Untreated jaundice leads to brain damage

60% of all newborns have jaundice … the experience of one mom whose child was left undiagnosed, untreated

My son, Cal, was born a healthy baby boy on March 23, 1995 in a large accredited hospital that delivers over 5500 newborns a year. Cal was first noted to be jaundiced through visual assessment at 16.5 hours old, but a bilirubin test was not done.

Cal’s skin was described to be jaundiced again through visual assessment when he was 23 hours old, but a bilirubin test was not done. Cal was discharged from the hospital when he was 36 hours and was described as having head to toe jaundice, but a bilirubin test was not done. Neither was his blood typed or a Coombes test performed.

Cal and his mom

Cal and his mom
The information we received about jaundice was a simple brochure that never mentioned jaundice can cause brain damage. It was also suggested that we put Cal in the window for sunlight.

We were assured that Cal’s jaundice was normal and not to worry. We scheduled a routine follow up visit, for 7 days of age, with his pediatrician.

DAY 4:

On day 4 Cal started to breast feed with a weak suck and became lethargic. I called the newborn nursery and told them that he was “still yellow, lethargic and was feeding poorly.” They asked me if I was a “first time mom” and then assured me there was no concern since sleepiness is to be expected. They told me to unwrap him and tickle his feet and if that didn’t work to call the pediatrician.

We immediately took Cal to the pediatrician and he noted the jaundice by visual assessment. A bilirubin test was not done. We were told to wait 24 hours to see if he would improve.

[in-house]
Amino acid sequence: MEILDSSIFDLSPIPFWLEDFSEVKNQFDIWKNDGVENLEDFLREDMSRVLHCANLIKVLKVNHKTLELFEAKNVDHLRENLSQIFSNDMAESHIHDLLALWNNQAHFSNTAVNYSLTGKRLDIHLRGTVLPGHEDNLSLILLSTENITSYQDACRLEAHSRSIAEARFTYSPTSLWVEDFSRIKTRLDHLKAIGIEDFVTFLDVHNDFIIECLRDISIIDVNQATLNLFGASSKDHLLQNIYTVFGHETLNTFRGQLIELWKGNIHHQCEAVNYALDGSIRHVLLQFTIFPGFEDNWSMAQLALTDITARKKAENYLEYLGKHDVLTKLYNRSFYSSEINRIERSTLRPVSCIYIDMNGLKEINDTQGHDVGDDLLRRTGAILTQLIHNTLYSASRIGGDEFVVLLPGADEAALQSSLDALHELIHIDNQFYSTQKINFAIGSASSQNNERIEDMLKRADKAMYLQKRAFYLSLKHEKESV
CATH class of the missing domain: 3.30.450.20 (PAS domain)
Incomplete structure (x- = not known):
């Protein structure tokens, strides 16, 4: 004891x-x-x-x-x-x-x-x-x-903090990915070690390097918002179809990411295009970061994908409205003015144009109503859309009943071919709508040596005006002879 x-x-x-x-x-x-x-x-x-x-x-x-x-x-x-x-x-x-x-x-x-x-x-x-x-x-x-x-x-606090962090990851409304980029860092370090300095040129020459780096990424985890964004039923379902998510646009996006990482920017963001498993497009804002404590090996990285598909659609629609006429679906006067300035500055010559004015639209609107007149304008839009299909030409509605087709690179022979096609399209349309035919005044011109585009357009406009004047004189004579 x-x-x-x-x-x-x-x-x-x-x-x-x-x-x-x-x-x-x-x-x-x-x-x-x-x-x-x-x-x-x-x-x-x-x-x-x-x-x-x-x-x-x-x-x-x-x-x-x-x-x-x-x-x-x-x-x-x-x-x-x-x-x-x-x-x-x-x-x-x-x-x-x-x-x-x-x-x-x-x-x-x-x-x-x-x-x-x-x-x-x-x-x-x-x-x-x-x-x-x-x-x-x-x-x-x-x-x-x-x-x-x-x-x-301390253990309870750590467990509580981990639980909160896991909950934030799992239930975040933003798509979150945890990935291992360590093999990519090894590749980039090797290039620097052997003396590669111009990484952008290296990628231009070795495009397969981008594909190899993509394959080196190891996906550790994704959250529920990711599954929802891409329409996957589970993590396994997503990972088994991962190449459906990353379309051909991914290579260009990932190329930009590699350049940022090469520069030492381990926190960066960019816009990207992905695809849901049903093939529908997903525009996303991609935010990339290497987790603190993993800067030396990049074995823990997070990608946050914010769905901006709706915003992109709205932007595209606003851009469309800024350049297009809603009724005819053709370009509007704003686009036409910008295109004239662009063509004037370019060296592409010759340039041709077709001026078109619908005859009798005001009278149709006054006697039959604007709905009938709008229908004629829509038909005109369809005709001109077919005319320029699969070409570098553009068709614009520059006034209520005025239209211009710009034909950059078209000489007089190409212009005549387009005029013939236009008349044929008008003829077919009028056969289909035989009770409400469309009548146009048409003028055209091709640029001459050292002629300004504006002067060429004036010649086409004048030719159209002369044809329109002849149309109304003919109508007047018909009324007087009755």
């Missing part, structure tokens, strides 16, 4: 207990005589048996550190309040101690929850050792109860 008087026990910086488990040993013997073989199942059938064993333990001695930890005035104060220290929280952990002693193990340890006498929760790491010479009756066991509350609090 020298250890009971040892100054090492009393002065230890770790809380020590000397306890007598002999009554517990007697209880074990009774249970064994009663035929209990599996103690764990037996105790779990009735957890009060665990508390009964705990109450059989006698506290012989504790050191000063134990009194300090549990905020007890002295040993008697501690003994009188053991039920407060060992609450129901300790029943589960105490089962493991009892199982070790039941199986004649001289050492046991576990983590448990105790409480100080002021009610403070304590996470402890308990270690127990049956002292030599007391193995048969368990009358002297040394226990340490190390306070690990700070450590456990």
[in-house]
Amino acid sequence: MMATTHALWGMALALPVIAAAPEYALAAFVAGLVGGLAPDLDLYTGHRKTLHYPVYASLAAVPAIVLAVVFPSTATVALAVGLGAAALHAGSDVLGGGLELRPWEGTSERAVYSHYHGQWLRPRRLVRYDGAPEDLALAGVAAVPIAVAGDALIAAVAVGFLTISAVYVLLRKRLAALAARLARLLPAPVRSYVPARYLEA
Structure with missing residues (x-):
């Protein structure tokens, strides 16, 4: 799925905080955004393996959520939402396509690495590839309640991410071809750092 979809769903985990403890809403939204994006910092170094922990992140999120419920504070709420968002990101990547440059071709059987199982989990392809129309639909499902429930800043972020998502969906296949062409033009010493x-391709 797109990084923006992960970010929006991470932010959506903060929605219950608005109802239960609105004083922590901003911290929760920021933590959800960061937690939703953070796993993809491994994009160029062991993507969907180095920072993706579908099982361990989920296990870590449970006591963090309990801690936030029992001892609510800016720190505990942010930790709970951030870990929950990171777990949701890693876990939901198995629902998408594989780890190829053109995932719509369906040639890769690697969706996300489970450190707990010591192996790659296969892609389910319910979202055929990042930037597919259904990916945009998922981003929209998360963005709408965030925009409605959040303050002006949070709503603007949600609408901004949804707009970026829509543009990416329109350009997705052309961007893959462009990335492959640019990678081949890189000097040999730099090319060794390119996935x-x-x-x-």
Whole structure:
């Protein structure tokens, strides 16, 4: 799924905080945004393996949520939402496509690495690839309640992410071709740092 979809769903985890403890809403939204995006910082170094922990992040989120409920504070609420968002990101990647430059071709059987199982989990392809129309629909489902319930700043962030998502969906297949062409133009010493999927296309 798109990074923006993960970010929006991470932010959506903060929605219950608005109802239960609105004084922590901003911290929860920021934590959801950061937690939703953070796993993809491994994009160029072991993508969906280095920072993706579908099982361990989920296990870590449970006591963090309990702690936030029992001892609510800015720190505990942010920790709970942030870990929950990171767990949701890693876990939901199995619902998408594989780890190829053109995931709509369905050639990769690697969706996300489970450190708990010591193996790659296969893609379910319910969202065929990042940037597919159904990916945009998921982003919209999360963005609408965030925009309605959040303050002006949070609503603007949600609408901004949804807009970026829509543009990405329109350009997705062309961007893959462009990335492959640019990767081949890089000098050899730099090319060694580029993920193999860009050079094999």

DAY 5:

At 5 days of age, the pediatrician admitted Cal to the pediatric unit. Cal’s bilirubin was tested for the first time and it was 34.6mg/dl. An exchange transfusion, however, was not performed since the doctors recalled a recent “raising of the bar” from 20mg/dl to 30 mg/dl. Treatment was limited to phototherapy… and that phototherapy failed Cal.

DAY 6:

On day 6 in the afternoon, Cal had a high pitched cry, respiratory distress, increased tone and he started to arch his neck in a way that is characteristic of opisthotonos; these behaviors were all acute symptoms of kernicterus.

Little did I know that my newborn son was suffering brain damage before my eyes and in my arms. I will be haunted by that memory and my failure to protect him forever.

18 MONTHS:

At 18 months of age Cal was diagnosed with classic, textbook kernicterus. Cal has athetoid cerebral palsy throughout his body, neurosensory hearing loss, enamel dysplasia on his front teeth and crossed eyes and other abnormalities.

THE AFTERMATH:

Today Cal cannot walk independently, his speech is impaired, he drools, and he has uncontrollable movements of his arms and legs just to describe his impairment a bit. When Cal gets sick he is reduced to the functional level of a 6 month old. Despite his limitations, Cal is a beautiful and inquisitive young man. He loves playing on the computer, swimming, his sister and Pokemon! He also enjoys creating movies, short stories, and poems.